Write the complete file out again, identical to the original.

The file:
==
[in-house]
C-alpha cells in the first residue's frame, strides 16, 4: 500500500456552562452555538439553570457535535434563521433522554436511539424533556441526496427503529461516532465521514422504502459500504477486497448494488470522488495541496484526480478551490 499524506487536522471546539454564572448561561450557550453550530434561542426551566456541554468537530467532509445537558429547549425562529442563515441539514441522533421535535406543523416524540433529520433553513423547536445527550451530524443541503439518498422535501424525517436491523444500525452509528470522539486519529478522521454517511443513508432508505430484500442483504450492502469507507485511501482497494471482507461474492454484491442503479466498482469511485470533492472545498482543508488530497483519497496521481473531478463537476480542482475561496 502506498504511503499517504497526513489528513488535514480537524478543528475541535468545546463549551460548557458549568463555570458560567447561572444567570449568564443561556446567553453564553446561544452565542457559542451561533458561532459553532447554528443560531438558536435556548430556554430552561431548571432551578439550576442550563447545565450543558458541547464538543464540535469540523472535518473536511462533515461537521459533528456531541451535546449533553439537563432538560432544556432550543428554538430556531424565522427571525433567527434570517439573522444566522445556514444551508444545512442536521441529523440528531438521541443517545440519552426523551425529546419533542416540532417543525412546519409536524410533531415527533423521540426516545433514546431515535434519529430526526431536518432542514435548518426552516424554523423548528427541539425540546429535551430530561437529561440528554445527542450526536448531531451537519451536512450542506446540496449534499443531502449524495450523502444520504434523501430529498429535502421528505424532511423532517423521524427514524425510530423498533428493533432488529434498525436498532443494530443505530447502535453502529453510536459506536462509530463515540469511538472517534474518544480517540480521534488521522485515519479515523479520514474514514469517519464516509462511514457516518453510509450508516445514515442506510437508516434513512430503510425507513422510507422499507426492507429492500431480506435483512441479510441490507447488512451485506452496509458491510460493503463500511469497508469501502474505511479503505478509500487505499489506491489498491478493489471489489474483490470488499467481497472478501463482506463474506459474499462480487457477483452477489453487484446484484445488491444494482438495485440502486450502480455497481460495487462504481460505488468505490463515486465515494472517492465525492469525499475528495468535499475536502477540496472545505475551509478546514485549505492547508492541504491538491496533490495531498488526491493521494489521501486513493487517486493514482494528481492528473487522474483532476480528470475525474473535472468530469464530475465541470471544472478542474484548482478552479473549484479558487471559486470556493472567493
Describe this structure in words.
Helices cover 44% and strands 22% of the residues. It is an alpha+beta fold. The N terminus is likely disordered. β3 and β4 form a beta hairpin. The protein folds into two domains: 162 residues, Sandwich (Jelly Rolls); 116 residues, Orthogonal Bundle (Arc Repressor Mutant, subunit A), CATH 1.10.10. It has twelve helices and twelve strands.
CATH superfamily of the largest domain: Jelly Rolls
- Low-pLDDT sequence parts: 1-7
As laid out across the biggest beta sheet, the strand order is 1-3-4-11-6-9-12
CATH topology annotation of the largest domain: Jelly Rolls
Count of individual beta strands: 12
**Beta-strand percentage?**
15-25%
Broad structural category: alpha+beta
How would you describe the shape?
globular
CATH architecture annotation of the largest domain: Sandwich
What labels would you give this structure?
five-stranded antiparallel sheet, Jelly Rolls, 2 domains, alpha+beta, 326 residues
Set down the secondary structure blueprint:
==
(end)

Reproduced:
[in-house]
C-alpha cells in the first residue's frame, strides 16, 4: 500500500456552562452555538439553570457535535434563521433522554436511539424533556441526496427503529461516532465521514422504502459500504477486497448494488470522488495541496484526480478551490 499524506487536522471546539454564572448561561450557550453550530434561542426551566456541554468537530467532509445537558429547549425562529442563515441539514441522533421535535406543523416524540433529520433553513423547536445527550451530524443541503439518498422535501424525517436491523444500525452509528470522539486519529478522521454517511443513508432508505430484500442483504450492502469507507485511501482497494471482507461474492454484491442503479466498482469511485470533492472545498482543508488530497483519497496521481473531478463537476480542482475561496 502506498504511503499517504497526513489528513488535514480537524478543528475541535468545546463549551460548557458549568463555570458560567447561572444567570449568564443561556446567553453564553446561544452565542457559542451561533458561532459553532447554528443560531438558536435556548430556554430552561431548571432551578439550576442550563447545565450543558458541547464538543464540535469540523472535518473536511462533515461537521459533528456531541451535546449533553439537563432538560432544556432550543428554538430556531424565522427571525433567527434570517439573522444566522445556514444551508444545512442536521441529523440528531438521541443517545440519552426523551425529546419533542416540532417543525412546519409536524410533531415527533423521540426516545433514546431515535434519529430526526431536518432542514435548518426552516424554523423548528427541539425540546429535551430530561437529561440528554445527542450526536448531531451537519451536512450542506446540496449534499443531502449524495450523502444520504434523501430529498429535502421528505424532511423532517423521524427514524425510530423498533428493533432488529434498525436498532443494530443505530447502535453502529453510536459506536462509530463515540469511538472517534474518544480517540480521534488521522485515519479515523479520514474514514469517519464516509462511514457516518453510509450508516445514515442506510437508516434513512430503510425507513422510507422499507426492507429492500431480506435483512441479510441490507447488512451485506452496509458491510460493503463500511469497508469501502474505511479503505478509500487505499489506491489498491478493489471489489474483490470488499467481497472478501463482506463474506459474499462480487457477483452477489453487484446484484445488491444494482438495485440502486450502480455497481460495487462504481460505488468505490463515486465515494472517492465525492469525499475528495468535499475536502477540496472545505475551509478546514485549505492547508492541504491538491496533490495531498488526491493521494489521501486513493487517486493514482494528481492528473487522474483532476480528470475525474473535472468530469464530475465541470471544472478542474484548482478552479473549484479558487471559486470556493472567493
Describe this structure in words.
Helices cover 44% and strands 22% of the residues. It is an alpha+beta fold. The N terminus is likely disordered. β3 and β4 form a beta hairpin. The protein folds into two domains: 162 residues, Sandwich (Jelly Rolls); 116 residues, Orthogonal Bundle (Arc Repressor Mutant, subunit A), CATH 1.10.10. It has twelve helices and twelve strands.
CATH superfamily of the largest domain: Jelly Rolls
- Low-pLDDT sequence parts: 1-7
As laid out across the biggest beta sheet, the strand order is 1-3-4-11-6-9-12
CATH topology annotation of the largest domain: Jelly Rolls
Count of individual beta strands: 12
**Beta-strand percentage?**
15-25%
Broad structural category: alpha+beta
How would you describe the shape?
globular
CATH architecture annotation of the largest domain: Sandwich
What labels would you give this structure?
five-stranded antiparallel sheet, Jelly Rolls, 2 domains, alpha+beta, 326 residues
Set down the secondary structure blueprint: